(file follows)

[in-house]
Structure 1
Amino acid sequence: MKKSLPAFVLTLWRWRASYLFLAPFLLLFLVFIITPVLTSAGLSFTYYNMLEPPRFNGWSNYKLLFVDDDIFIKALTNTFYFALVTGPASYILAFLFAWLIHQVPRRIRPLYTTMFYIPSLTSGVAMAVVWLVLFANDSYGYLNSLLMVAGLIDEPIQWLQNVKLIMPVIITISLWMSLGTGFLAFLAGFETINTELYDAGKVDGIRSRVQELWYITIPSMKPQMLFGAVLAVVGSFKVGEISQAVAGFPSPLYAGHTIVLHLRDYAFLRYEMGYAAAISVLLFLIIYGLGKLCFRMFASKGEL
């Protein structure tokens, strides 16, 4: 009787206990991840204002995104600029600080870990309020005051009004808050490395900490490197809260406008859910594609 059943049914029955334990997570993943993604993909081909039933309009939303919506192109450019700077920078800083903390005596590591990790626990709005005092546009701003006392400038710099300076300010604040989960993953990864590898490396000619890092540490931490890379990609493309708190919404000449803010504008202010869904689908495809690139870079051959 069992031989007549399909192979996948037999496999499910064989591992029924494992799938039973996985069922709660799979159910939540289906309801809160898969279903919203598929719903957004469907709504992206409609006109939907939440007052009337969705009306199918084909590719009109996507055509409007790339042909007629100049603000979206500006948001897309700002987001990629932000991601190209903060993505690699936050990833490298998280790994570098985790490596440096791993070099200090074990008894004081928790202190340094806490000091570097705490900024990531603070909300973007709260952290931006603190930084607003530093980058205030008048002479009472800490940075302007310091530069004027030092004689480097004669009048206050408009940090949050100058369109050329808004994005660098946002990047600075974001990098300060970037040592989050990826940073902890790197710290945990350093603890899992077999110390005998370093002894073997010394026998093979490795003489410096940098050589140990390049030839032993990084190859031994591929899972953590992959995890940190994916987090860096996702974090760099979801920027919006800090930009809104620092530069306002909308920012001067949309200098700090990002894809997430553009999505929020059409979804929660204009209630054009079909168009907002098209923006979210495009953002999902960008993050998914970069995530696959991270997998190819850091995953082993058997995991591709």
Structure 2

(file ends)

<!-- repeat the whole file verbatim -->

[in-house]
Structure 1
Amino acid sequence: MKKSLPAFVLTLWRWRASYLFLAPFLLLFLVFIITPVLTSAGLSFTYYNMLEPPRFNGWSNYKLLFVDDDIFIKALTNTFYFALVTGPASYILAFLFAWLIHQVPRRIRPLYTTMFYIPSLTSGVAMAVVWLVLFANDSYGYLNSLLMVAGLIDEPIQWLQNVKLIMPVIITISLWMSLGTGFLAFLAGFETINTELYDAGKVDGIRSRVQELWYITIPSMKPQMLFGAVLAVVGSFKVGEISQAVAGFPSPLYAGHTIVLHLRDYAFLRYEMGYAAAISVLLFLIIYGLGKLCFRMFASKGEL
């Protein structure tokens, strides 16, 4: 009787206990991840204002995104600029600080870990309020005051009004808050490395900490490197809260406008859910594609 059943049914029955334990997570993943993604993909081909039933309009939303919506192109450019700077920078800083903390005596590591990790626990709005005092546009701003006392400038710099300076300010604040989960993953990864590898490396000619890092540490931490890379990609493309708190919404000449803010504008202010869904689908495809690139870079051959 069992031989007549399909192979996948037999496999499910064989591992029924494992799938039973996985069922709660799979159910939540289906309801809160898969279903919203598929719903957004469907709504992206409609006109939907939440007052009337969705009306199918084909590719009109996507055509409007790339042909007629100049603000979206500006948001897309700002987001990629932000991601190209903060993505690699936050990833490298998280790994570098985790490596440096791993070099200090074990008894004081928790202190340094806490000091570097705490900024990531603070909300973007709260952290931006603190930084607003530093980058205030008048002479009472800490940075302007310091530069004027030092004689480097004669009048206050408009940090949050100058369109050329808004994005660098946002990047600075974001990098300060970037040592989050990826940073902890790197710290945990350093603890899992077999110390005998370093002894073997010394026998093979490795003489410096940098050589140990390049030839032993990084190859031994591929899972953590992959995890940190994916987090860096996702974090760099979801920027919006800090930009809104620092530069306002909308920012001067949309200098700090990002894809997430553009999505929020059409979804929660204009209630054009079909168009907002098209923006979210495009953002999902960008993050998914970069995530696959991270997998190819850091995953082993058997995991591709």
Structure 2